All of us at some time have been taken in by fake news! Fake forwards, fake news, fake brands, and fake people!
But our teenagers and young children need our support and guidance to understand how to differentiate fake news from real news, fake ads from real facts. Because it is a world that works on fake facts to sell, create communities and create fear.
I recently conducted a workshop for teenagers and their parents on how to verify if any news that they are reading about or have received is fake or real.
It all started with a teenager excitedly telling his friends that the Prime Minister follows him on twitter! His friends had two reactions, one group were in awe of him, ‘Wow! He is followed by the Prime Minister’, another group chanted, ‘faketa hai’ (he is fibbing). And soon the two groups were arguing and almost came to blows.
The school decided to hold a workshop for children and their parents after a lot of fake news about schools closed, airports closed, bandh declared etc. during the recent riots in Mumbai. Parents and teachers all fell prey to fake forwards doing their rounds on WhatsApp.
In my workshop with the group of children and parents, I helped them understand how to differentiate between fake and real news by using a verification process. So where all do we encounter or use a verification process? On your phone, on your email, on your social media accounts, there are passwords. What is aadhar card, pan card, passport? These are verification documents. They help only the real user avail of the services so that fake users cannot get access.
So we must always verify any news in three steps:
1. Who did I get the news from? Is a trusted core group member? So trusted core group members are your parents, siblings, best friends, and teachers.
2. How did they get the news? From where? Was it a forward?
3. Why do I believe it is true? Can I check it on other sources or with other people?
In the example of the child who thought that our Prime Minister was following him on Twitter, we asked the child what makes you believe it is the Prime minister? The child said the profile has his photo, his name. Now, lets ‘verify’ further, how many followers does this profile have? Is there any other profile of our Prime Minister? Check that. How many followers? Which has more? Ask an adult or compare both profiles, which one do you think would be the real one? This is a verification process that starts by asking relevant questions. Go to the source before believing the fake news.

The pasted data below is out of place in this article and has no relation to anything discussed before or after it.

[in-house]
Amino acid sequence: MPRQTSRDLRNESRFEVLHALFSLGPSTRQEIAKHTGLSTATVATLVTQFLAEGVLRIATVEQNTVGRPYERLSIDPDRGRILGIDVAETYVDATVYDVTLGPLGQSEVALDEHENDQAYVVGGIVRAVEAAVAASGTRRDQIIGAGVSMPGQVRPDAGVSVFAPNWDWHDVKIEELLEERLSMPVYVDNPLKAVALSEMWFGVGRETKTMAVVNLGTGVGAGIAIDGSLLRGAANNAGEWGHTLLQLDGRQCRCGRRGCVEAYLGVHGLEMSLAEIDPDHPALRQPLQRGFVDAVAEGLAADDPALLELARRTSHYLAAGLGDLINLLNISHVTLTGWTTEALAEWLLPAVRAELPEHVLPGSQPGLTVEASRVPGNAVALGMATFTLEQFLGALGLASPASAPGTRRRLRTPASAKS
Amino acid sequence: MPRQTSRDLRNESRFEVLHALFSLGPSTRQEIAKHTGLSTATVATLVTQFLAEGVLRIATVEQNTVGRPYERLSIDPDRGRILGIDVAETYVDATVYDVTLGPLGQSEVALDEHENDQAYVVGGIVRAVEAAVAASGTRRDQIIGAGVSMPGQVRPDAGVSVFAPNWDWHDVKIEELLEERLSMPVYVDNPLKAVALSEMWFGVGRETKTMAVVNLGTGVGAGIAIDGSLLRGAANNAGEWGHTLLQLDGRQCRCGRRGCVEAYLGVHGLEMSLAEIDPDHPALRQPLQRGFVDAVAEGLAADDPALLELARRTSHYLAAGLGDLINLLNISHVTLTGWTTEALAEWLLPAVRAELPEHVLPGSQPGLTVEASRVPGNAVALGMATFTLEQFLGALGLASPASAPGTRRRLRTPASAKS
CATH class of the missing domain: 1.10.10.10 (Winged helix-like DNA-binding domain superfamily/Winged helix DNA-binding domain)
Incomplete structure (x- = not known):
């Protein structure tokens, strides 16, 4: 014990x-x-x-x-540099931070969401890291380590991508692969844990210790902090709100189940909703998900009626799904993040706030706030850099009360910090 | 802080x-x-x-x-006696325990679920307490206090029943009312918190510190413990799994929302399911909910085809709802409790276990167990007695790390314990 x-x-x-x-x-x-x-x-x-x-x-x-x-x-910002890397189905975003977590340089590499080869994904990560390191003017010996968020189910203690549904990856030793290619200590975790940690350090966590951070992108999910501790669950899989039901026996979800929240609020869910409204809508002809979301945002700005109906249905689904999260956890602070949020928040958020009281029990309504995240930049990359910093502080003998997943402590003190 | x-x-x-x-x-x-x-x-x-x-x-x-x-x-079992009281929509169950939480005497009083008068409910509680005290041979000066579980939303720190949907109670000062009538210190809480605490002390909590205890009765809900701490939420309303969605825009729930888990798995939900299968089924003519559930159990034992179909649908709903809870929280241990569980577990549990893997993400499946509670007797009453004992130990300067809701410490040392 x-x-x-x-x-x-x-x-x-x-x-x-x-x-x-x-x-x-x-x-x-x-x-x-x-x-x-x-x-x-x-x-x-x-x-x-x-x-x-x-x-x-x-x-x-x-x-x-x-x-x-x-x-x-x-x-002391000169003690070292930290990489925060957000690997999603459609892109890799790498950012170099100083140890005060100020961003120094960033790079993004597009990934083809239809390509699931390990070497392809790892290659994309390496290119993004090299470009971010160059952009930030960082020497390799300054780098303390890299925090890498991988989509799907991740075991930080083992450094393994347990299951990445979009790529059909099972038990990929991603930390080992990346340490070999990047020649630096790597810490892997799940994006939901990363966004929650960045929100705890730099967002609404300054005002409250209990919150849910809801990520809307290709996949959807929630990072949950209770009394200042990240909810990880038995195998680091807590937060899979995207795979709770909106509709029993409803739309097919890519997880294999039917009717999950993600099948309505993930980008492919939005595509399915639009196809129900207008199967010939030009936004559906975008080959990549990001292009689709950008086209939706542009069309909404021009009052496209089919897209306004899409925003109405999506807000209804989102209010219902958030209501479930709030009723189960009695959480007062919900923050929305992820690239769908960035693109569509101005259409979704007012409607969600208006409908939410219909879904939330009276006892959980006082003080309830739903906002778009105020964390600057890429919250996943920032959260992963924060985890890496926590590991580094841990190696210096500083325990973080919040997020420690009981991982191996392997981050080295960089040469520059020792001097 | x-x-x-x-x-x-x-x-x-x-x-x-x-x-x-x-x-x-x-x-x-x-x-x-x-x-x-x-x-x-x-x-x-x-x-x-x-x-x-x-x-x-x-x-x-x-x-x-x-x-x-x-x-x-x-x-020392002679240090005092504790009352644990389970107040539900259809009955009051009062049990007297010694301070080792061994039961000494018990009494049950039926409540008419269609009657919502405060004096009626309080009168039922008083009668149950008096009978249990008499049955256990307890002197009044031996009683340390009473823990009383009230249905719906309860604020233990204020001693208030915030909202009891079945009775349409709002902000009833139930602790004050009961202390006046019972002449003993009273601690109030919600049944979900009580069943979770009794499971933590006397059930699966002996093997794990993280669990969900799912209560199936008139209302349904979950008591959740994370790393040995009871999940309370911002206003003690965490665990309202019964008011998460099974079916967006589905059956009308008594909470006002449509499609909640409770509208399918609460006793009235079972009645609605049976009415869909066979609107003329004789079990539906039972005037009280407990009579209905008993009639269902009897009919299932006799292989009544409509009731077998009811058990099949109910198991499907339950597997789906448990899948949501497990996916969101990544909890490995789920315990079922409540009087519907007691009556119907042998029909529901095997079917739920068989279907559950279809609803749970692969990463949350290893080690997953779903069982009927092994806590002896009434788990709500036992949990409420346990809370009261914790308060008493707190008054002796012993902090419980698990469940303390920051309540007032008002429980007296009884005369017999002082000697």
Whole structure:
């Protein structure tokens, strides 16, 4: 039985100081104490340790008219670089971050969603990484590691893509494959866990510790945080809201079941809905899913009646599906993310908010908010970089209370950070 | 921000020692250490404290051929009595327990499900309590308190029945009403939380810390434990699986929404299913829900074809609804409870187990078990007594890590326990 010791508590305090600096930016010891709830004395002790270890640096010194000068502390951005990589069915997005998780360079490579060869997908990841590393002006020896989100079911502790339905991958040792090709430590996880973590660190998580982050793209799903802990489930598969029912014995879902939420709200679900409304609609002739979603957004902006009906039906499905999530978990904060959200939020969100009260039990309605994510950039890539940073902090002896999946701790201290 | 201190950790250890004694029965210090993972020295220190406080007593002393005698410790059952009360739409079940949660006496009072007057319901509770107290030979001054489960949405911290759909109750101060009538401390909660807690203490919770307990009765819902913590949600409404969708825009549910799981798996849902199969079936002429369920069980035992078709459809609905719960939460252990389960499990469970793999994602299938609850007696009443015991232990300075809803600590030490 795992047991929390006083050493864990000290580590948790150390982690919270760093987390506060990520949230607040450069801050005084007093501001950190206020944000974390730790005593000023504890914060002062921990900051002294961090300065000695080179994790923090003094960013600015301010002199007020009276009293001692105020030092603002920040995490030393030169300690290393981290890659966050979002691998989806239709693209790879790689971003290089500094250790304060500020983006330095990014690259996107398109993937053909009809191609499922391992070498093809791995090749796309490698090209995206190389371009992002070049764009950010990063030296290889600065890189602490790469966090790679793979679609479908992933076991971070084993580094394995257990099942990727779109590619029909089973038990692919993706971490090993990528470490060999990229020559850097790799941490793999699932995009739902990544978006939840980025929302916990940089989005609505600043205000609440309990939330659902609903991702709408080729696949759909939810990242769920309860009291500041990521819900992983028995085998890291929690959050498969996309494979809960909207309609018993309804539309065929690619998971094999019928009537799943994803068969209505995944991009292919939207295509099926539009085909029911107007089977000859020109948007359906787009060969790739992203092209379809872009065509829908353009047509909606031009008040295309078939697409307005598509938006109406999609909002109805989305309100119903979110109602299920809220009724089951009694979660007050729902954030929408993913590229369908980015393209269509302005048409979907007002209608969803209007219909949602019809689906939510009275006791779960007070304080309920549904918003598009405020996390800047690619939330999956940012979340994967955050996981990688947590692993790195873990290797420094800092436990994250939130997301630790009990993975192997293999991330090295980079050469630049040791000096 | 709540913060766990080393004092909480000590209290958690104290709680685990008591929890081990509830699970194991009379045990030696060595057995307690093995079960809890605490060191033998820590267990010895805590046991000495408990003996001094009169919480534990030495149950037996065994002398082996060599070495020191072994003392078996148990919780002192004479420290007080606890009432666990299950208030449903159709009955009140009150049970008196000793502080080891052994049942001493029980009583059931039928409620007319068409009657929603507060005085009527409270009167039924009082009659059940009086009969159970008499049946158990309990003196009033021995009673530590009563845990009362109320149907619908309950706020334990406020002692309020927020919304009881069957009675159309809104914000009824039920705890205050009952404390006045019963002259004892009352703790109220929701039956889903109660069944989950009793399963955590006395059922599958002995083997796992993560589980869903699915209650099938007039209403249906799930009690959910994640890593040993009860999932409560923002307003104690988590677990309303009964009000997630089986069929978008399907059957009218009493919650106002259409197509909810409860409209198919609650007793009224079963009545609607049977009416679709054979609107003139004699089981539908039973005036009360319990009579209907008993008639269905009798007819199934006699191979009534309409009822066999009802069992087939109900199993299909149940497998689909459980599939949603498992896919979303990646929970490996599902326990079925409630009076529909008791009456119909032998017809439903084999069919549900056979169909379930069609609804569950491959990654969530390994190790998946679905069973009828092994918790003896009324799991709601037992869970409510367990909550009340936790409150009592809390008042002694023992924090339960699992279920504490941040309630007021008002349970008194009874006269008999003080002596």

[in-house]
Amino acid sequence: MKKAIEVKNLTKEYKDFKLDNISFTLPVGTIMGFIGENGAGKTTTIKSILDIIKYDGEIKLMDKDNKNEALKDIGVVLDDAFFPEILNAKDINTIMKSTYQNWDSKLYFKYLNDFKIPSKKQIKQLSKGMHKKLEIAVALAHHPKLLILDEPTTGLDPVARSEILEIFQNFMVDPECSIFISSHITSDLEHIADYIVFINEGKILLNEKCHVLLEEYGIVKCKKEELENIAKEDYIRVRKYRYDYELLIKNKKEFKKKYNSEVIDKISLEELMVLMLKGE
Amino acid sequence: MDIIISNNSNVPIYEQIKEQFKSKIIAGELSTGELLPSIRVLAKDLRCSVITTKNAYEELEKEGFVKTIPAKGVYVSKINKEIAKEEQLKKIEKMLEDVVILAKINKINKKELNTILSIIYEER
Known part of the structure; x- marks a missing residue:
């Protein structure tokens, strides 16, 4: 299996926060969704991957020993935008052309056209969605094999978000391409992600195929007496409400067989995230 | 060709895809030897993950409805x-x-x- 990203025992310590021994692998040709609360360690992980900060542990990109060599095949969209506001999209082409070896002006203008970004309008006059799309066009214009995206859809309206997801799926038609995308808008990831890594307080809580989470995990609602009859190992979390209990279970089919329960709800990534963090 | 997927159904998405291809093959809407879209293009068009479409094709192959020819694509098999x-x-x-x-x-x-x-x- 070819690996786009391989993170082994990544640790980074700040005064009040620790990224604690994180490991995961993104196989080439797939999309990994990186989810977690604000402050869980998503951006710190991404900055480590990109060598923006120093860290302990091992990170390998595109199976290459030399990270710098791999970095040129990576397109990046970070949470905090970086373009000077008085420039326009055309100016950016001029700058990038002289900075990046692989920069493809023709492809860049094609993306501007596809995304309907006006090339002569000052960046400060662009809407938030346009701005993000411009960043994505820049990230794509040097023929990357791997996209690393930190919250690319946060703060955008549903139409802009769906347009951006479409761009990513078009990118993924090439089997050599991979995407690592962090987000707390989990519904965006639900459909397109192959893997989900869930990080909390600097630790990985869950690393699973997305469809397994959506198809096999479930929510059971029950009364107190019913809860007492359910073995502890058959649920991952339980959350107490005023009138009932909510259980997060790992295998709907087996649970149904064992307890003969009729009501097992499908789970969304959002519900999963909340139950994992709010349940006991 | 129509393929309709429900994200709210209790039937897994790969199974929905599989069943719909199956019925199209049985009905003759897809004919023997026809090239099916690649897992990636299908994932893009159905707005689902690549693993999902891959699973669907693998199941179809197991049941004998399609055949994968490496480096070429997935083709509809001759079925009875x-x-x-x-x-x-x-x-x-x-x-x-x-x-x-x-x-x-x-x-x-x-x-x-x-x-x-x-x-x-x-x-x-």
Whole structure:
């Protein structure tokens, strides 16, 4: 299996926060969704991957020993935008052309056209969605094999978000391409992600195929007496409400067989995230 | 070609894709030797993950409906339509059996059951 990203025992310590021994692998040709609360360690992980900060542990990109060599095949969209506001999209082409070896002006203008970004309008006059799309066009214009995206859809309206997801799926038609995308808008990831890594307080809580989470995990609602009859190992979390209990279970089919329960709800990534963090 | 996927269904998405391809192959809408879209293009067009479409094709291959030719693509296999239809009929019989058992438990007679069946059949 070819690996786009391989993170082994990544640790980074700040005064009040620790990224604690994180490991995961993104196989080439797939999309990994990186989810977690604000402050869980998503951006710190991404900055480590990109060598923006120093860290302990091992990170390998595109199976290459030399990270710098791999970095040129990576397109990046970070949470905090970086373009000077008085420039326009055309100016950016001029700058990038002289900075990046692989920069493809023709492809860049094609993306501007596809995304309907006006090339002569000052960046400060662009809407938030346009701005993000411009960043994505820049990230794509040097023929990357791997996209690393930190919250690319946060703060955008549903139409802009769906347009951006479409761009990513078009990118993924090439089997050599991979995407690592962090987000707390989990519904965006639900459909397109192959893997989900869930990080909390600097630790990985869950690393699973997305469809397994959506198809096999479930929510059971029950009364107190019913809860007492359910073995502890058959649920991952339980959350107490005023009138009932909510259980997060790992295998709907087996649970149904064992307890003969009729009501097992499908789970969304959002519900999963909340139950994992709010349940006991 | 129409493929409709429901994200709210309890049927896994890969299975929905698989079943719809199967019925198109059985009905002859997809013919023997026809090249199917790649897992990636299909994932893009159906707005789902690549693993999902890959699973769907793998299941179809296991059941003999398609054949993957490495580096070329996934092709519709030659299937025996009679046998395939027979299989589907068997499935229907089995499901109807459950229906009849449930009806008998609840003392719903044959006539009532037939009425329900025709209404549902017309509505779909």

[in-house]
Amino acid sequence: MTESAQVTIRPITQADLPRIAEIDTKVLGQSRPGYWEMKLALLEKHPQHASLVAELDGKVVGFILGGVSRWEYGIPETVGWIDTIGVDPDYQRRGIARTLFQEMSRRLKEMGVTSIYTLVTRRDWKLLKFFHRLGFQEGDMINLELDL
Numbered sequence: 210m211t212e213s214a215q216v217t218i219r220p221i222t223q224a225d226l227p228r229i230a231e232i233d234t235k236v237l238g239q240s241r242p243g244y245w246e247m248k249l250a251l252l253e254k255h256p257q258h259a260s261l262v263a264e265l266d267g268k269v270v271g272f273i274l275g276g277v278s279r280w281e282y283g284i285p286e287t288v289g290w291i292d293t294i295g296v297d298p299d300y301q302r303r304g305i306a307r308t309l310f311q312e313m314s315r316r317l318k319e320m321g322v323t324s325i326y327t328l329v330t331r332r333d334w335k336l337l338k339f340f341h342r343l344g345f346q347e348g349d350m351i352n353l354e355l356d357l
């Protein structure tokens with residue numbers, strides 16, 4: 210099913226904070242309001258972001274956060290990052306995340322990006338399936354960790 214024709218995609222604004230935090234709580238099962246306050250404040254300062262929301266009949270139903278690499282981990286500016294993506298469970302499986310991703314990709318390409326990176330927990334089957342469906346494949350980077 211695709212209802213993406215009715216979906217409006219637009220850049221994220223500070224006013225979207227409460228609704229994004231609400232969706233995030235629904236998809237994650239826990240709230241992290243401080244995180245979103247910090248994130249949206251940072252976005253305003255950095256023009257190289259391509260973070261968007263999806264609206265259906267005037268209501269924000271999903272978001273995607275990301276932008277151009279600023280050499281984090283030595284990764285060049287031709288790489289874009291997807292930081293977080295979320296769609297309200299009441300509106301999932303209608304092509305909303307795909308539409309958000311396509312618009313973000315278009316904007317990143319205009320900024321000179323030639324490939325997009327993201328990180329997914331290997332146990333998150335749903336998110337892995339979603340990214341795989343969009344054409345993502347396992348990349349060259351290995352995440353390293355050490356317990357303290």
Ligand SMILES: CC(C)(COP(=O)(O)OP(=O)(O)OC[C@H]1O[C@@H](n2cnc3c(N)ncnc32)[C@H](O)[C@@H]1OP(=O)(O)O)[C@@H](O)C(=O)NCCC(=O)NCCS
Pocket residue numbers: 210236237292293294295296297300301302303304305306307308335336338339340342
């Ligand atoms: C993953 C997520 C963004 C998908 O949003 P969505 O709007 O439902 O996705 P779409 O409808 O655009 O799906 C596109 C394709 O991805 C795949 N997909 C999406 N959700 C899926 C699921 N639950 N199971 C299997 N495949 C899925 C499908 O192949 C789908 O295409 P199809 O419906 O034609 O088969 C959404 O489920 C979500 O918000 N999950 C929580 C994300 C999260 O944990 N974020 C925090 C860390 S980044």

Fake news is floated to create mischief, to create unrest, tension, stress. It is for us to ensure that we are smart to question before we forward or believe. In parents and educator whats app groups a common fake news is about a predator with his photo and a message that says “This man kidnaps from schools, watch out for him.” And such messages always have in bold letters- FORWARD TO AS MANY AS POSSIBLE. Or there will be news about someone needing an organ or blood and it would be going viral pan India. Out of our fear or need to help we respond to these only to realize that they were fake news. And then like the proverbial story of the ‘Boy who cried Wolf’, when we do receive a real cry for help we ignore thinking of it as clutter and fake news.
I then showed them photos of branded goods, watches, bags, jackets, phones, with their logos tweaked a wee bit. Now identify which is the original and which is the fake. This activity helped them understand how to scrutinize and verify before accepting something as real.
At this point a young teenage girl stood up and said, “Ma’am, there is a news channel that does a viral sach”, to verify all WhatsApp news. The girl’s comment meant that she and the group have now understood that news received as a forward or not from a trusted source can be fake and needs a verification process before believing the same.
Our young children and adolescents use the net; social media and can get taken in by fake profiles, fake news, and fake people. It is for us to ensure that we teach them how to differentiate between the real and the fake and when to differentiate. It is important for us and our young children to understand that everything that is printed, in a photo or in a video need not be real or correct. Remember Photoshop?
And this is what is most difficult for children to understand, they assume that anything that comes on TV, News, on Google search is real, but well times have changed and with it have sadly changed the moral values of many sites, channels and ads.
Teach verification to children, teach it to yourself too, and don’t forward anything till you are not sure. Don’t be in a hurry to forward, or accept friends on social media. Children learn by imitation so give them good habits to imitate.
I have taken this a step further and included it for our early years program, now each class has a password, a word that is chosen every day by the class and if you want to enter the class then you have to give the password to enter. A fun and early starting point for children to grow up understanding about verification.
Let us create a real world for our children.
Dr.Swati Popat Vats